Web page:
Further to the written statement made by my right hon. Friend the Member for Mid Bedfordshire (Nadine Dorries) on 23 February 2022, I would like to update the House on Arts Council England’s 2023-2026 investment programme. The provisional outcome of this competitive funding round has been communicated to applicants, and will see 990 national portfolio organisations and investment principles support organisations offered £446 million per annum in funding over the next three years.
These provisional offers fulfil the ambitious and challenging targets set for Arts Council England by my predecessor. Specifically—including national lottery funding—these offers would see nearly an extra £45 million in each of 2023-24 and 2024-25 invested outside of London, rising to nearly £53 million extra in 2025-26. This will result in 215 new organisations being funded outside of London—a net increase of 135 organisations. This extra investment outside London is supported largely by the overall uplifts agreed by the Government at the comprehensive spending review, and Arts Council England decisions about its use of national lottery funding.
DCMS worked with Arts Council England to agree on a list of 109 levelling up for culture places, which are areas identified as having historically low cultural engagement. The provisional funding offers that have been announced will increase the number of funded organisations in levelling up for culture places by 79%—from 107 to 192 organisations—and will increase the level of investment in levelling up for culture places by 95%, or £21.2 million per annum. This funding will play a vital role in fulfilling the Government’s intention to tackle cultural disparities, and ensure that everyone, wherever they live, has the opportunity to enjoy the incredible benefits of culture in their lives.
Funding agreements will be finalised over the next few months, so are subject to change, but alongside the levelling-up progress that has been made, I would like to highlight the following:
10% of all library services in England are now national portfolio organisations;
20% more organisations will be funded to deliver work for children and young people, with a total of 79% of the portfolio delivering activity specifically for children and young people, up by six percentage points from the 2018-2022 portfolio;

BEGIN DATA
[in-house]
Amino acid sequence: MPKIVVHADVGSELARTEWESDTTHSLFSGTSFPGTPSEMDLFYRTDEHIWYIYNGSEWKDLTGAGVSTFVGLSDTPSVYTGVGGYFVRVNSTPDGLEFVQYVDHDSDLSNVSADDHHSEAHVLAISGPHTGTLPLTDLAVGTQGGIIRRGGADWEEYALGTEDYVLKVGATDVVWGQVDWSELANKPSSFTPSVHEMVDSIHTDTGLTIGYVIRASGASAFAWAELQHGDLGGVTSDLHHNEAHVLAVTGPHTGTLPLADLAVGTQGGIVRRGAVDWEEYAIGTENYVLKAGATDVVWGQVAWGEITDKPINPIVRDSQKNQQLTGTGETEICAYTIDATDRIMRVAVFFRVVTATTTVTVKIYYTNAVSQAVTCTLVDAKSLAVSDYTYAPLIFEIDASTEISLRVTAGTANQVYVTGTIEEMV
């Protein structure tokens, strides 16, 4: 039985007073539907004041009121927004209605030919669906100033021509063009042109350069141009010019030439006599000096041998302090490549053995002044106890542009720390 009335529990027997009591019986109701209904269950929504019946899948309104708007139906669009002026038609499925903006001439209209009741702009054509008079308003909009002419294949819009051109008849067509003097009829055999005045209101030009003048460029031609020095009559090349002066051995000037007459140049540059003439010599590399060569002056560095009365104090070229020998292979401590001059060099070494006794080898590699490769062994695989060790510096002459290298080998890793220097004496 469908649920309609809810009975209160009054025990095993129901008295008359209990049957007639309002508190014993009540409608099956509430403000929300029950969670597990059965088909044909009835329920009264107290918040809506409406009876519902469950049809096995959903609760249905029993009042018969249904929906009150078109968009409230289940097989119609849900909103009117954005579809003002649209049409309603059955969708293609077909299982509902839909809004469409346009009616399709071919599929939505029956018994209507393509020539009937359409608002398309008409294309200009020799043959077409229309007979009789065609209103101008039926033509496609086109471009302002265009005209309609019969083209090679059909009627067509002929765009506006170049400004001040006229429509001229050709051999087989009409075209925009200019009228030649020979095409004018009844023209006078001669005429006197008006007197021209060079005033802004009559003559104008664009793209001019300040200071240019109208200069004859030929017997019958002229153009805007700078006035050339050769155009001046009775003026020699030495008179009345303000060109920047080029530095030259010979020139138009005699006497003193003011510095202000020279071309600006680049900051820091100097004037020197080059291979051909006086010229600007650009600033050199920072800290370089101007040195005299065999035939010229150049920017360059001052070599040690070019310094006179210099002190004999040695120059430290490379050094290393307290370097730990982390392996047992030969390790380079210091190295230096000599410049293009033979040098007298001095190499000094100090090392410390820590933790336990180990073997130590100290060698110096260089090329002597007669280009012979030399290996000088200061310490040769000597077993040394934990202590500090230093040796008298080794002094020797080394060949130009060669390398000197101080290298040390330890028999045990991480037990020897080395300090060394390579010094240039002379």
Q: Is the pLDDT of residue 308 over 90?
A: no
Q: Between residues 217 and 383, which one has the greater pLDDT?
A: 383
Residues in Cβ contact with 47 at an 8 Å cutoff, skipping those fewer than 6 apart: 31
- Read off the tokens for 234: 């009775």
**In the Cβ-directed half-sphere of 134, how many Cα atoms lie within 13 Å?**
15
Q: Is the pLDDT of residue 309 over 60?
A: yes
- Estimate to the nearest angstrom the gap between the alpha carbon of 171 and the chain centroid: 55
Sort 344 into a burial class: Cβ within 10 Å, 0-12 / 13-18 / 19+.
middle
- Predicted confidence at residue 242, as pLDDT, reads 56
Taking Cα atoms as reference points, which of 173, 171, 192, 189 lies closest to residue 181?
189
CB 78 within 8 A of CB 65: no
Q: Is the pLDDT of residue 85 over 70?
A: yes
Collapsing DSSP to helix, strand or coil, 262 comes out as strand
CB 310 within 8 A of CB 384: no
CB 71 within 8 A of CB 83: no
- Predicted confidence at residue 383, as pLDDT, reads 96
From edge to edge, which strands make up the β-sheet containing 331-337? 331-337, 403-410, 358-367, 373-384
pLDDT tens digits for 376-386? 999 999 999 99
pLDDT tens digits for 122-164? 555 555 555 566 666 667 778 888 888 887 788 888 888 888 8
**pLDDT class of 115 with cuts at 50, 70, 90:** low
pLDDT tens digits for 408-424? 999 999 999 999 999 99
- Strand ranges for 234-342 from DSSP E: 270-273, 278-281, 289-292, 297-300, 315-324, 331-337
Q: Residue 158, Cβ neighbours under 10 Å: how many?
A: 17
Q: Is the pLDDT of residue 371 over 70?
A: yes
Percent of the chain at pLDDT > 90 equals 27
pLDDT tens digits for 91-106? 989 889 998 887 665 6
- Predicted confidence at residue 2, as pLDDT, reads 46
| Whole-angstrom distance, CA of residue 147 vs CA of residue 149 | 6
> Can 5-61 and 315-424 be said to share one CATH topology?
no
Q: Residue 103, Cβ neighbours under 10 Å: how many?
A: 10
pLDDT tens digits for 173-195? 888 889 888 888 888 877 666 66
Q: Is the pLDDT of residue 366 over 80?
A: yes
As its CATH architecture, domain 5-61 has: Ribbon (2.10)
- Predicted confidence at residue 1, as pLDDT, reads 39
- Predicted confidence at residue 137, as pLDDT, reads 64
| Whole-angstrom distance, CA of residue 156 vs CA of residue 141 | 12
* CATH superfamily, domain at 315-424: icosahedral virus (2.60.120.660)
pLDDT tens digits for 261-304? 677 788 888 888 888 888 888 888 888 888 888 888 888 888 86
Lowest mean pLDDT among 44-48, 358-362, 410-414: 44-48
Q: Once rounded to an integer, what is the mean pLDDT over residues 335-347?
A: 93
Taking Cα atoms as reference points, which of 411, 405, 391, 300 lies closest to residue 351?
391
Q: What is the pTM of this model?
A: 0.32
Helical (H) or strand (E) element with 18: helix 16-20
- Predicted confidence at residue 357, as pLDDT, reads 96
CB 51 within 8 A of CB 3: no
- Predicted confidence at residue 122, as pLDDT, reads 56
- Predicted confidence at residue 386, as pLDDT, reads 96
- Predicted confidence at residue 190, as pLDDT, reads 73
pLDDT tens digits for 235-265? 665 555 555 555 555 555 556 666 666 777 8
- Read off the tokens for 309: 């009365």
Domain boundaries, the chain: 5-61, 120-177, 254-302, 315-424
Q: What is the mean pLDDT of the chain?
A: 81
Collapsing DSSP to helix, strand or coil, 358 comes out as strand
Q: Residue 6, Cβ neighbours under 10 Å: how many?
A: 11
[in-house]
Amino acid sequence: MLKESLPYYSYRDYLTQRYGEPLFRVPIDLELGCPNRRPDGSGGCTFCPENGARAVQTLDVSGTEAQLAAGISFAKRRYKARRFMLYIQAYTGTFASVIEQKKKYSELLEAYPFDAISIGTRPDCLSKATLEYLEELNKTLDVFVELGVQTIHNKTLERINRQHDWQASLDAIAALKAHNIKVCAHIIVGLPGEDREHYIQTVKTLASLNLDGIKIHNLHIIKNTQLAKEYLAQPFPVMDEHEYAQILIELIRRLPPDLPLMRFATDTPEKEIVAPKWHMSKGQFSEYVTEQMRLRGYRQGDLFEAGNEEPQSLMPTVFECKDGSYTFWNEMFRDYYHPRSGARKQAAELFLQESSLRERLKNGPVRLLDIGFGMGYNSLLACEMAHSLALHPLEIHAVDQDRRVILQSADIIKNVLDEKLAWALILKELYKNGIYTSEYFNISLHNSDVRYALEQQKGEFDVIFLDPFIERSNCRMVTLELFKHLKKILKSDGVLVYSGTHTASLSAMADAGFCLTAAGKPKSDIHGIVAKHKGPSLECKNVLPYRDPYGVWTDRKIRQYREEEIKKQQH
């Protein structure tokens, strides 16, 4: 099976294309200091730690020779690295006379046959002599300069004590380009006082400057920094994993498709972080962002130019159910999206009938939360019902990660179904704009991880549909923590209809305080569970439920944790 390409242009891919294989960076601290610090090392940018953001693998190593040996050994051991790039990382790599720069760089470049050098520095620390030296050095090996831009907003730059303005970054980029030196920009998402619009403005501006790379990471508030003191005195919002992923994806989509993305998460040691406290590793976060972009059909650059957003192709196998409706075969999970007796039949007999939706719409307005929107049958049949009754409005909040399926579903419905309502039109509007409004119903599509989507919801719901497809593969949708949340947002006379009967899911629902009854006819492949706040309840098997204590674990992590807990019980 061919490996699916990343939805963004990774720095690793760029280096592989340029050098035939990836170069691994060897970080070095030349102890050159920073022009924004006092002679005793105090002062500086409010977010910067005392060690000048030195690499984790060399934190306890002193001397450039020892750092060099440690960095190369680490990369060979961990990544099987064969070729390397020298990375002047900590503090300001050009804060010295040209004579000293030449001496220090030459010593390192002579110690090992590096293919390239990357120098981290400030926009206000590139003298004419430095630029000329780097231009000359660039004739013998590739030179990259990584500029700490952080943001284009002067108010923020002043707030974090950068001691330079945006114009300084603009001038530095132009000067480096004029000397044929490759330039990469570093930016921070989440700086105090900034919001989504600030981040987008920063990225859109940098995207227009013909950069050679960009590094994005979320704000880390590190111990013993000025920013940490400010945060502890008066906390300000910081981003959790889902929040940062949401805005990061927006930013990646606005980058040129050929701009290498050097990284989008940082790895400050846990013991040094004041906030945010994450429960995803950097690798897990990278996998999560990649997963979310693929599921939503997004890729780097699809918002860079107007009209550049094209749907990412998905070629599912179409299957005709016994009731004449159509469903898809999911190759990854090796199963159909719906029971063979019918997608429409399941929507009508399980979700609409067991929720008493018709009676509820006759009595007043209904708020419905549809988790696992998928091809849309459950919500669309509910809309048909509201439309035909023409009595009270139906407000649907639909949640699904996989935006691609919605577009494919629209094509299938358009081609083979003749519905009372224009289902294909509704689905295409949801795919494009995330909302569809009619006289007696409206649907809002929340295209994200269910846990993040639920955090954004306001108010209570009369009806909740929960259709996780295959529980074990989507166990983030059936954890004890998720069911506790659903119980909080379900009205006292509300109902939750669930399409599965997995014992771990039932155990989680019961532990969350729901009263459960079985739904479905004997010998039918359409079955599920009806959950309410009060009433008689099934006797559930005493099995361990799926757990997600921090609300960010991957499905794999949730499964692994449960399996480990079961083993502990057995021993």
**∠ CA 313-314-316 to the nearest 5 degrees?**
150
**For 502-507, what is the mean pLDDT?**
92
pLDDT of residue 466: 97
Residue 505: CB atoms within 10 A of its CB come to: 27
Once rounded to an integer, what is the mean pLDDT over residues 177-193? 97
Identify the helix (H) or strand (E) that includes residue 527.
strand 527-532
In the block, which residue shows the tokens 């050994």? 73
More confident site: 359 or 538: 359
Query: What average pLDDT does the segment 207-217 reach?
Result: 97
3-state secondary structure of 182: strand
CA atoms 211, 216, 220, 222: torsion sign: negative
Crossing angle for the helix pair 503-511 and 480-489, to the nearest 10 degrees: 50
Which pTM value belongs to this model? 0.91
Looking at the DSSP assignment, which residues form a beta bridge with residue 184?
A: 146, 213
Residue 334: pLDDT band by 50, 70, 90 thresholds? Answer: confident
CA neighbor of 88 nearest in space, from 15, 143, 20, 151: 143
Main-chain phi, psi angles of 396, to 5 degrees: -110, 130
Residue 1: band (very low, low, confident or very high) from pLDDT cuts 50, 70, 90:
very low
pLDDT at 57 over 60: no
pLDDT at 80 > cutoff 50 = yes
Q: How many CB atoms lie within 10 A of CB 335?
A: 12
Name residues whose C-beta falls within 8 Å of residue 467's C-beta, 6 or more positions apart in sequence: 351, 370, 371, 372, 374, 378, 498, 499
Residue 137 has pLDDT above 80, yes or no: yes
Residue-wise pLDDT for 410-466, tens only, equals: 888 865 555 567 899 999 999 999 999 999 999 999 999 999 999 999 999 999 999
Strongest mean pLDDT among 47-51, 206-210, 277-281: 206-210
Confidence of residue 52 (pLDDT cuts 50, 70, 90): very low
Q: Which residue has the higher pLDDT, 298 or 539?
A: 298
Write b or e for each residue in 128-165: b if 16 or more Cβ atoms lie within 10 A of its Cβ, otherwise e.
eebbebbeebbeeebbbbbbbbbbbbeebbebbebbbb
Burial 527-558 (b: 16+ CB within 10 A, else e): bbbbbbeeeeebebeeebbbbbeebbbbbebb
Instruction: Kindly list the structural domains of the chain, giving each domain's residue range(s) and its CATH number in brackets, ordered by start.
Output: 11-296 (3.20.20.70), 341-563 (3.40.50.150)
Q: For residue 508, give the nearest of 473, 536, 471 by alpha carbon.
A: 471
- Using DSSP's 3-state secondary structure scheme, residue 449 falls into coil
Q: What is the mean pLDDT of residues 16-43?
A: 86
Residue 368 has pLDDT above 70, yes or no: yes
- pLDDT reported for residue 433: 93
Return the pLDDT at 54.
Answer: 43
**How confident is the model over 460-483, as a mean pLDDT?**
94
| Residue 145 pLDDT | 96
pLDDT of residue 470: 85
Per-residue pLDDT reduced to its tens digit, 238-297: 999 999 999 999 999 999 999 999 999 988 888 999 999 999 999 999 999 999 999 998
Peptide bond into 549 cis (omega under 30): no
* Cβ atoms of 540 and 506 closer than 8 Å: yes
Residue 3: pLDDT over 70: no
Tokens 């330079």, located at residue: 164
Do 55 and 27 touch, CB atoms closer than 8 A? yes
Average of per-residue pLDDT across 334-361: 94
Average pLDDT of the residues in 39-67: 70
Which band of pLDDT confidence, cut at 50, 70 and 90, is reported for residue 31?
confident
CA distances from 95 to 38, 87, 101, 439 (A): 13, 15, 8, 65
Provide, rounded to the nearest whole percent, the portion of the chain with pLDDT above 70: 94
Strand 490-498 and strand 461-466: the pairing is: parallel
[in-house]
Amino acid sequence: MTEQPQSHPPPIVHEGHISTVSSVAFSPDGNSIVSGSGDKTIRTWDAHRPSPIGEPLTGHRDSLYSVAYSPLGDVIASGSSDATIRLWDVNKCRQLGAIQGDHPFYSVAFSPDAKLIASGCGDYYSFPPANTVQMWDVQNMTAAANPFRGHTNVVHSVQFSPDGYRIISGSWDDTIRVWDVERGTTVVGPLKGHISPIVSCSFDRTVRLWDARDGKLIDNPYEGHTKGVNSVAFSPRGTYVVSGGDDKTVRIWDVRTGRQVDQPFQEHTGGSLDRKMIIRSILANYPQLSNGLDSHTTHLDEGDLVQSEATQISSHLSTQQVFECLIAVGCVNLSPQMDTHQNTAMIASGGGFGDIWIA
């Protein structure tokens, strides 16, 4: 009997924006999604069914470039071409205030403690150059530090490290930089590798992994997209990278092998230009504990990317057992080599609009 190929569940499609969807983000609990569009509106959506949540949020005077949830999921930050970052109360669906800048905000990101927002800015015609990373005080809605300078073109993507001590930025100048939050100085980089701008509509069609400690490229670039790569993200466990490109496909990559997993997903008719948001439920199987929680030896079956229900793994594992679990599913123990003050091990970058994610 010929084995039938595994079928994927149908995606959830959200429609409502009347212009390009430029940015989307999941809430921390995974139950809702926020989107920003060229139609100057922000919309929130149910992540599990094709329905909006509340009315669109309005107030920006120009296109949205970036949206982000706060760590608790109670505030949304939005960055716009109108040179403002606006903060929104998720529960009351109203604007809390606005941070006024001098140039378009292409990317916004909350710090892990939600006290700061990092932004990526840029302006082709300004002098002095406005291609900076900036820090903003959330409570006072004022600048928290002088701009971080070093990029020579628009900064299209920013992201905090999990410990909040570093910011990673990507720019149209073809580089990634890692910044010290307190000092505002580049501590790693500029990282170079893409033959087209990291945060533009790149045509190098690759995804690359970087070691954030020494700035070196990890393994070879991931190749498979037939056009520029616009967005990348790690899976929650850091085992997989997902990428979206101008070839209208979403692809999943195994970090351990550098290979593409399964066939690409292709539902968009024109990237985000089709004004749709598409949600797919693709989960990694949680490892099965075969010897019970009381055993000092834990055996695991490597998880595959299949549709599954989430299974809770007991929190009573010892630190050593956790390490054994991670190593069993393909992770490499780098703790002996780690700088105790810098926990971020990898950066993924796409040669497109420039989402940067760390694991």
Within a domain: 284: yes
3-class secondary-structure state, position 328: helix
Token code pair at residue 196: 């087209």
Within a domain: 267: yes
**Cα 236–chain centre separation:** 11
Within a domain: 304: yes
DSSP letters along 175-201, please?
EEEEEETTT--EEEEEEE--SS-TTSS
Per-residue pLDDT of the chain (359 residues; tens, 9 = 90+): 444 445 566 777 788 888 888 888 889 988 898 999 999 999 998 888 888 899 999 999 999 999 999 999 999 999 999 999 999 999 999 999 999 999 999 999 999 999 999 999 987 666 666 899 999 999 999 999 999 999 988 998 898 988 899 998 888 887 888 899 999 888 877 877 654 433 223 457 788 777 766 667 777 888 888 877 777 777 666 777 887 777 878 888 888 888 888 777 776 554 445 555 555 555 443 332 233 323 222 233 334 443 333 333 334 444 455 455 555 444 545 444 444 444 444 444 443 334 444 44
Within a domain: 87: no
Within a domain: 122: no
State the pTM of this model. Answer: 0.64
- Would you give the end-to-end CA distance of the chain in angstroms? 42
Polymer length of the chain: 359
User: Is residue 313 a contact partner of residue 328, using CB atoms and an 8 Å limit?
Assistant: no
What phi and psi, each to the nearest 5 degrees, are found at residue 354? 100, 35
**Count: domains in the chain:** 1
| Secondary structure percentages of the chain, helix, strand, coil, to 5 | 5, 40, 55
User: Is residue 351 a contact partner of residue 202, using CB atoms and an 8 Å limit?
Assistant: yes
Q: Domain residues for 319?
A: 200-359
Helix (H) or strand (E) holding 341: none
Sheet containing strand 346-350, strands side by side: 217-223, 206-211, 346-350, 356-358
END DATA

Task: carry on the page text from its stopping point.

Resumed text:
Improved diversity on boards;
Overall more days of cultural activity provided.
Finally, it should be noted that these are preliminary decisions which will be negotiated further with organisations. Arts Council England will need to work closely with organisations to review the aims previously submitted in their applications for this programme to ensure they are still achievable in the current economic context. In particular, my predecessor asked all organisations receiving more than £2 million per annum to work to increase their outreach to levelling up for culture places by 15% as a cohort. Given the economic challenges, this target will not apply for this funding round, noting the considerable outreach work these organisations are already doing.
Arts Council England will also support organisations leaving the portfolio by providing transition funding, and I am glad to inform the House that it has been able to more than double the budget for this. This means that any organisation currently in the portfolio, but due to leave, will have the opportunity to apply for funding to support them until next October while they adjust to their changed income.
I am sure Members across the House will be interested to see the outcomes in their local area, and I would direct them to the Arts Council website where all the provisional offers are listed.